L’observation des cartes d’activité des six oiseaux montre que l’activité neuronale évoquée par les stimuli spécifiques et non spécifiques diffère nettement entre les deux hémisphères. L’analyse des cartes pour chaque stimulus montre que l’activité neuronale pendant la présentation des sons spécifiques apparaît toujours latéralisée et révèle une variabilité interindividuelle. En effet, quatre oiseaux montrent une activation significativement plus forte dans l’hémisphère droit et les deux autres dans l’hémisphère gauche. En revanche, cette différence d’activité apparaît moins clairement pendant la diffusion des sons non spécifiques artificiels. Dans ce dernier cas, la différence d’activation entre les deux hémisphères est significativement réduite chez quatre oiseaux, tandis que, chez les deux autres, les sons non spécifiques artificiels provoquent même une activation significativement plus forte dans l’hémisphère qui n’était pas le plus fortement activé par les sons spécifiques. Nous observons donc que les stimuli spécifiques évoquent une activité latéralisée, alors que cette latéralisation est réduite, voire inversée, pour les stimuli non spécifiques artificiels. Effectivement, lorsque nous considérons les données obtenues pour les six oiseaux, l’hémisphère qui prédomine pendant les sons spécifiques est significativement plus activé pendant les sons spécifiques que pendant les sons non spécifiques artificiels.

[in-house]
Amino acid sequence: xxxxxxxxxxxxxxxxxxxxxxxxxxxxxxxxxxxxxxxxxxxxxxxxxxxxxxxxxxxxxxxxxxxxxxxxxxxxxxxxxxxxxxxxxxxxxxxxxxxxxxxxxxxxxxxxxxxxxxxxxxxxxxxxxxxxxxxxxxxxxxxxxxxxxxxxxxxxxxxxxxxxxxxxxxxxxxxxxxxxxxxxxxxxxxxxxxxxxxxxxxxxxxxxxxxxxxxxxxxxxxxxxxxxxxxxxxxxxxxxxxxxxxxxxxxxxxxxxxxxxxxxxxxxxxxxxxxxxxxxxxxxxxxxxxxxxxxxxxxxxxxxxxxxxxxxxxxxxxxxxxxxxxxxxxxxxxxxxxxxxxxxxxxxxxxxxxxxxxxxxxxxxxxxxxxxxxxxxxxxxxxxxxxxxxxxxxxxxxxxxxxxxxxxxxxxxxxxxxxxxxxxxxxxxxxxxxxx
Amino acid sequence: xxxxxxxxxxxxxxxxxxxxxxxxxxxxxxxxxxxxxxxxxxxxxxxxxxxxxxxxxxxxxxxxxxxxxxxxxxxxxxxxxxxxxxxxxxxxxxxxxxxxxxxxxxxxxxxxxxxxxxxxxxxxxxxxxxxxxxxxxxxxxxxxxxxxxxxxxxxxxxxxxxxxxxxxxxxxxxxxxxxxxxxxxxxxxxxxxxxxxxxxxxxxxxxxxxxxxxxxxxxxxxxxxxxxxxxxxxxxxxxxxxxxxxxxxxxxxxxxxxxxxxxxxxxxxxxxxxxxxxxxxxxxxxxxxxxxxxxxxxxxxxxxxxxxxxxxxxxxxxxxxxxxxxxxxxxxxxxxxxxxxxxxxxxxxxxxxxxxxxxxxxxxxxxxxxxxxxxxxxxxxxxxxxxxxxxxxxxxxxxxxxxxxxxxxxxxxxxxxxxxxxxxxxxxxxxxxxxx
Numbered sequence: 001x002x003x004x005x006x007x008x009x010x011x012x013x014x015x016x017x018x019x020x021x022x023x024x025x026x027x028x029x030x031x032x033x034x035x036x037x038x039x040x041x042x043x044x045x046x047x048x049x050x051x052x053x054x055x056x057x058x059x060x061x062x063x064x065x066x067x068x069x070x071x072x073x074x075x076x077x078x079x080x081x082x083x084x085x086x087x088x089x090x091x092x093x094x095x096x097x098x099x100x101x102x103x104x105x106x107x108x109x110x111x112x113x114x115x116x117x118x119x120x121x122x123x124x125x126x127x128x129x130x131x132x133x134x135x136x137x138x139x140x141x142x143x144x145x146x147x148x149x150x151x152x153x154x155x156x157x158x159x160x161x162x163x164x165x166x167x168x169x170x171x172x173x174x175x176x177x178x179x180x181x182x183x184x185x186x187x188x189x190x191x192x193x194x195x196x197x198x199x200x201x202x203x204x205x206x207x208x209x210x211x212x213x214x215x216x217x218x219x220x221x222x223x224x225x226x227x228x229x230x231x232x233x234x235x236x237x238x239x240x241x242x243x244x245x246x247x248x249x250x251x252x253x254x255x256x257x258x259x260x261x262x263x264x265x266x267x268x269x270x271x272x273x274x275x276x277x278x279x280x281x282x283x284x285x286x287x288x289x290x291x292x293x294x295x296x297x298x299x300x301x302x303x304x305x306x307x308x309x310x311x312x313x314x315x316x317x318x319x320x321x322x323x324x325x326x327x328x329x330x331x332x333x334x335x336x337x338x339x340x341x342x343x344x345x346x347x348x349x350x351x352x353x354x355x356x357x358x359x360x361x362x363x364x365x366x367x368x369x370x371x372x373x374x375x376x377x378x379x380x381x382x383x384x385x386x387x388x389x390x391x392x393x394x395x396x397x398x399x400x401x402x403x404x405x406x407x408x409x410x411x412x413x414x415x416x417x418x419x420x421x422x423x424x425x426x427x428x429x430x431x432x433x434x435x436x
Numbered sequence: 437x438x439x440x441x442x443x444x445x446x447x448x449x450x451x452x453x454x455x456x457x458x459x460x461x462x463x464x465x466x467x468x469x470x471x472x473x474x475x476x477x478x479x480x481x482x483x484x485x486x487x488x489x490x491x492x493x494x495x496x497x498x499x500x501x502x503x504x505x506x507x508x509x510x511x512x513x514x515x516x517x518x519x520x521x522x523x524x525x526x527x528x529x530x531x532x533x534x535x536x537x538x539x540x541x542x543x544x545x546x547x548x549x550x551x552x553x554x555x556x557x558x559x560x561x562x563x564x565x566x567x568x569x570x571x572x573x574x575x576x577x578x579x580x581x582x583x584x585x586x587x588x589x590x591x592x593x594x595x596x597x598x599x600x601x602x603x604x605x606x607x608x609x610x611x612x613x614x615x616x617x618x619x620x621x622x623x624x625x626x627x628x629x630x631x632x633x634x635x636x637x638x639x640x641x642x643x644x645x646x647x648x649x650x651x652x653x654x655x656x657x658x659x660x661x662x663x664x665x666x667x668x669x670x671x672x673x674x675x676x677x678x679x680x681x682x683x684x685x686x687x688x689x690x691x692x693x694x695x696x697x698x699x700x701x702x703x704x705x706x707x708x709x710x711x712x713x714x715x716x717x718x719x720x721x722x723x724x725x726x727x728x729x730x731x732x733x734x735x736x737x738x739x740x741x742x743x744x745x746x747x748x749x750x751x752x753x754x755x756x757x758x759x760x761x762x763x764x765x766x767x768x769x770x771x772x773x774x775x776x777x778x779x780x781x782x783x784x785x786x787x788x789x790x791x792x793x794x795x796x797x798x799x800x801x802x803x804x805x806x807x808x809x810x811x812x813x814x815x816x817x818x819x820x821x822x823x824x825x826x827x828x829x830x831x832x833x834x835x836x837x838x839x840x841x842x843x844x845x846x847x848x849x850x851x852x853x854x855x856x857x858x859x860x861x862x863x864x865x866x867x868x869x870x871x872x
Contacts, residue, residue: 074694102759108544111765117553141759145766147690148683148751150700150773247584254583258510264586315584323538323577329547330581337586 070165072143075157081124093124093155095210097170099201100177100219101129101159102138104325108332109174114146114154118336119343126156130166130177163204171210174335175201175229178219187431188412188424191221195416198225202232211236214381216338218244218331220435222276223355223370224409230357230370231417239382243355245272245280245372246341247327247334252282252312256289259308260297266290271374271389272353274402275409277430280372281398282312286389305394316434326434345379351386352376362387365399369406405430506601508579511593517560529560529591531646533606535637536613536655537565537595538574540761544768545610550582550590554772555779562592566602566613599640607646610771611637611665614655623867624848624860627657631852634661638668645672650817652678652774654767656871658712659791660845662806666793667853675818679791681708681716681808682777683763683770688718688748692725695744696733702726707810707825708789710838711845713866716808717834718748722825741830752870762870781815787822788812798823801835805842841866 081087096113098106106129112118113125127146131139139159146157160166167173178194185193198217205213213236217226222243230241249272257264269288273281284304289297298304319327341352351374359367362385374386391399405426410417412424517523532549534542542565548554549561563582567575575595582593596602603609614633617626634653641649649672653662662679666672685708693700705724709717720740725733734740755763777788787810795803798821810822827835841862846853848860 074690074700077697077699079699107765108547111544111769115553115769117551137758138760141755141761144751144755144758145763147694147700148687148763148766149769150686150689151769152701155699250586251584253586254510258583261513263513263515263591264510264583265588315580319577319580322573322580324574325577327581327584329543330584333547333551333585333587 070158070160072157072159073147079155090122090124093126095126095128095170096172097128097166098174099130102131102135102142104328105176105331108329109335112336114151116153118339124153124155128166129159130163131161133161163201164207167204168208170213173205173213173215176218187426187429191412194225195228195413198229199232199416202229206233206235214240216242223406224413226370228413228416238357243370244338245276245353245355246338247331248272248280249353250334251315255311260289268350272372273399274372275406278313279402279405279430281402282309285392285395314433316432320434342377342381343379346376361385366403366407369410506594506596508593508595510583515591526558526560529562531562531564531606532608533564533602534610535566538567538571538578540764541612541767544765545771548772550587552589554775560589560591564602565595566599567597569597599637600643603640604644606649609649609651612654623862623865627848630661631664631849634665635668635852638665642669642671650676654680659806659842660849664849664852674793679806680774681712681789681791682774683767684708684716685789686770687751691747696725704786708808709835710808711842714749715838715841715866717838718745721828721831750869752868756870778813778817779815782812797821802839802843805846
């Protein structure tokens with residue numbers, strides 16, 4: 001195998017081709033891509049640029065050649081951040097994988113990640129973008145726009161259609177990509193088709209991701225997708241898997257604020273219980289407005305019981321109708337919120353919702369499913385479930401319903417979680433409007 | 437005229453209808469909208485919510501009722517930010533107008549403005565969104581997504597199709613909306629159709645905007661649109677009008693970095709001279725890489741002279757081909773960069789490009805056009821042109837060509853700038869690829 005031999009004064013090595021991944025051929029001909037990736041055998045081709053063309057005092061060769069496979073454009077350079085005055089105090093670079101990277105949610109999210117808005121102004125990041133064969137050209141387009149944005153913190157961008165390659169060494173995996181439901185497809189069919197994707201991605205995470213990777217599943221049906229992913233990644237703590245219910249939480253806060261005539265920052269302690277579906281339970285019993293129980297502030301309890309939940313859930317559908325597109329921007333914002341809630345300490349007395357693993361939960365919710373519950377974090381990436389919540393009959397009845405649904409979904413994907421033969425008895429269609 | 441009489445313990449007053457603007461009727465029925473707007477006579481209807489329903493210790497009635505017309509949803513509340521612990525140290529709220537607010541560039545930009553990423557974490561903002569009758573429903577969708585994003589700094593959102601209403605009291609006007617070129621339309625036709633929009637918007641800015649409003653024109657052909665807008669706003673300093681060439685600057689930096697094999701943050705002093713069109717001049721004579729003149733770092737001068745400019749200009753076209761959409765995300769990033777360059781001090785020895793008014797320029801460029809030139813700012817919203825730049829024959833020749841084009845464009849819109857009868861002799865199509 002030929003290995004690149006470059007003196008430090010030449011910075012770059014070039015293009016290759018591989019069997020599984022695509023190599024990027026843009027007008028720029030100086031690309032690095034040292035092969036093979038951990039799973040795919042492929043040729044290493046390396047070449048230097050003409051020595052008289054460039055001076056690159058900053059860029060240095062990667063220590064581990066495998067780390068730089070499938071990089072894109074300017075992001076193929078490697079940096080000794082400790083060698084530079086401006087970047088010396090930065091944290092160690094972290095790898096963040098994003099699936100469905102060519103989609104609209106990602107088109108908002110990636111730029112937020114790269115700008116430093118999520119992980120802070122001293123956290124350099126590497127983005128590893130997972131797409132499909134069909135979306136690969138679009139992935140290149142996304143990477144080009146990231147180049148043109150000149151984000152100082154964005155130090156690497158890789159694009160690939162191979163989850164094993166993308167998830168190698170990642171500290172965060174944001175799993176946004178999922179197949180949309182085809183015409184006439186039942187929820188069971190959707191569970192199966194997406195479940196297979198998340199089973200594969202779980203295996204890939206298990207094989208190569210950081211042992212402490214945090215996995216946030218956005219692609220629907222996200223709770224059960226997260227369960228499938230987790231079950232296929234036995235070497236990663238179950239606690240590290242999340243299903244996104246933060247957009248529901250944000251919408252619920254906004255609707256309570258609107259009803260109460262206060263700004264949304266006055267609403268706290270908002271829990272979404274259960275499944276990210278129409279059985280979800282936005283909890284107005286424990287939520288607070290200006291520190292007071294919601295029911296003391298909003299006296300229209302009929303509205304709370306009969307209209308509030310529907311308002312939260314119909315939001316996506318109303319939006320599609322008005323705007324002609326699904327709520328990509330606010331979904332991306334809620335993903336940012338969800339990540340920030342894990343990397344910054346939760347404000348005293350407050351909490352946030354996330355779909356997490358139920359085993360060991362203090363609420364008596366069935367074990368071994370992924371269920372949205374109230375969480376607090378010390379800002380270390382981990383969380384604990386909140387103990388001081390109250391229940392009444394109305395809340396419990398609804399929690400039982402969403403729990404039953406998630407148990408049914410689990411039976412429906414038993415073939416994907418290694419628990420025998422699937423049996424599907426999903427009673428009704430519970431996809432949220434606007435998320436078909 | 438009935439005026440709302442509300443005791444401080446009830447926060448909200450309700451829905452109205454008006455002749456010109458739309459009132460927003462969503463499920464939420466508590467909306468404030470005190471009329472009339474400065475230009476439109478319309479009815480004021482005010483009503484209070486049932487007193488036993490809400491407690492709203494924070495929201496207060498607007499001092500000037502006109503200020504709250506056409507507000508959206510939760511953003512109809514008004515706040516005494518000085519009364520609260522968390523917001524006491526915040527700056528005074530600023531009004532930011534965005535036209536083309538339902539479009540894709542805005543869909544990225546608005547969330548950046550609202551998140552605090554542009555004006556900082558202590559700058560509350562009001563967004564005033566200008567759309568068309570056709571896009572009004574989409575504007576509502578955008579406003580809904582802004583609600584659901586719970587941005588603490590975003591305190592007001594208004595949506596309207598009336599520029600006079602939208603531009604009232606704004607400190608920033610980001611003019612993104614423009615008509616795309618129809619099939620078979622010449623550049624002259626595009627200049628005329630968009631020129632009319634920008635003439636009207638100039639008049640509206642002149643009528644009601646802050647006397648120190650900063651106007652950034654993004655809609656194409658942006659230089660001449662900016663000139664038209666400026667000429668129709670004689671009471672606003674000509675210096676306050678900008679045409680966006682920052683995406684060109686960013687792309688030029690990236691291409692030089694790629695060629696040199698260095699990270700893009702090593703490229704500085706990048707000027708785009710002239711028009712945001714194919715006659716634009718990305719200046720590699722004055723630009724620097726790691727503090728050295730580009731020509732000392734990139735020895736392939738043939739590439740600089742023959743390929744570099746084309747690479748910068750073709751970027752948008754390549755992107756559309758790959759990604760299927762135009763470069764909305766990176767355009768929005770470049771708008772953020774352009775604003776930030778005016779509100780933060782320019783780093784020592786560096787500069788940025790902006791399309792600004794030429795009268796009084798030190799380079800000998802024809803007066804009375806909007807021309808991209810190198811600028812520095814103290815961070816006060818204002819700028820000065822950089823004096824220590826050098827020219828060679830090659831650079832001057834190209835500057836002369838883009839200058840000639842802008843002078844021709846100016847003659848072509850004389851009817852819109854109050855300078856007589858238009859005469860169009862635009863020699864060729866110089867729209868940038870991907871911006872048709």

Cette étude montre donc que, au moins au niveau individuel, les deux hémisphères du cerveau des étourneaux perçoivent et traitent les signaux spécifiques et non spécifiques différemment. Chez quatre oiseaux, l’hémisphère droit semble traiter préférentiellement les signaux spécifiques et, chez les deux autres, l’hémisphère gauche. Au contraire, chez tous les oiseaux, les stimuli non spécifiques artificiels ont tendance à être traités plus équitablement par les deux hémisphères ou par l’hémisphère opposé.

Bien que nous ne connaissions ni les facteurs individuels qui déterminent la dominance hémisphérique, ni la nature précise de ce phénomène, une réelle asymétrie fonctionnelle semble exister. La latéralisation de la perception du chant décrite ici s’ajoute aux nombreux parallèles entre l’oiseau et l’homme, qui sont devenus paradigmatiques de la communication vocale.